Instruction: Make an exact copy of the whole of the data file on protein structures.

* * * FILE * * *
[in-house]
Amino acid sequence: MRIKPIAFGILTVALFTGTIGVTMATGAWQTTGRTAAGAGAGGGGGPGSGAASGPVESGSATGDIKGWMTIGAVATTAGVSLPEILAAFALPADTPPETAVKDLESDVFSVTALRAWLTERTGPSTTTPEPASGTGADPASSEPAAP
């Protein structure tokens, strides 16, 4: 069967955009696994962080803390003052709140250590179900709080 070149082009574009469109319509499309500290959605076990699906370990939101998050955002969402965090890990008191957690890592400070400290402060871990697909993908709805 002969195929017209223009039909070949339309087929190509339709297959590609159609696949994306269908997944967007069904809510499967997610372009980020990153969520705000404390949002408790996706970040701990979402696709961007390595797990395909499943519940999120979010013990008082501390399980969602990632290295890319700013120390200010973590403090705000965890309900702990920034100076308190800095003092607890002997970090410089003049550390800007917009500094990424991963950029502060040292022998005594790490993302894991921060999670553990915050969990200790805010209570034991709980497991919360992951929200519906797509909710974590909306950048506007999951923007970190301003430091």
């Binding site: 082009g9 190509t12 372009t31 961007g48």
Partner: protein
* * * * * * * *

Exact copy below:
[in-house]
Amino acid sequence: MRIKPIAFGILTVALFTGTIGVTMATGAWQTTGRTAAGAGAGGGGGPGSGAASGPVESGSATGDIKGWMTIGAVATTAGVSLPEILAAFALPADTPPETAVKDLESDVFSVTALRAWLTERTGPSTTTPEPASGTGADPASSEPAAP
């Protein structure tokens, strides 16, 4: 069967955009696994962080803390003052709140250590179900709080 070149082009574009469109319509499309500290959605076990699906370990939101998050955002969402965090890990008191957690890592400070400290402060871990697909993908709805 002969195929017209223009039909070949339309087929190509339709297959590609159609696949994306269908997944967007069904809510499967997610372009980020990153969520705000404390949002408790996706970040701990979402696709961007390595797990395909499943519940999120979010013990008082501390399980969602990632290295890319700013120390200010973590403090705000965890309900702990920034100076308190800095003092607890002997970090410089003049550390800007917009500094990424991963950029502060040292022998005594790490993302894991921060999670553990915050969990200790805010209570034991709980497991919360992951929200519906797509909710974590909306950048506007999951923007970190301003430091």
């Binding site: 082009g9 190509t12 372009t31 961007g48």
Partner: protein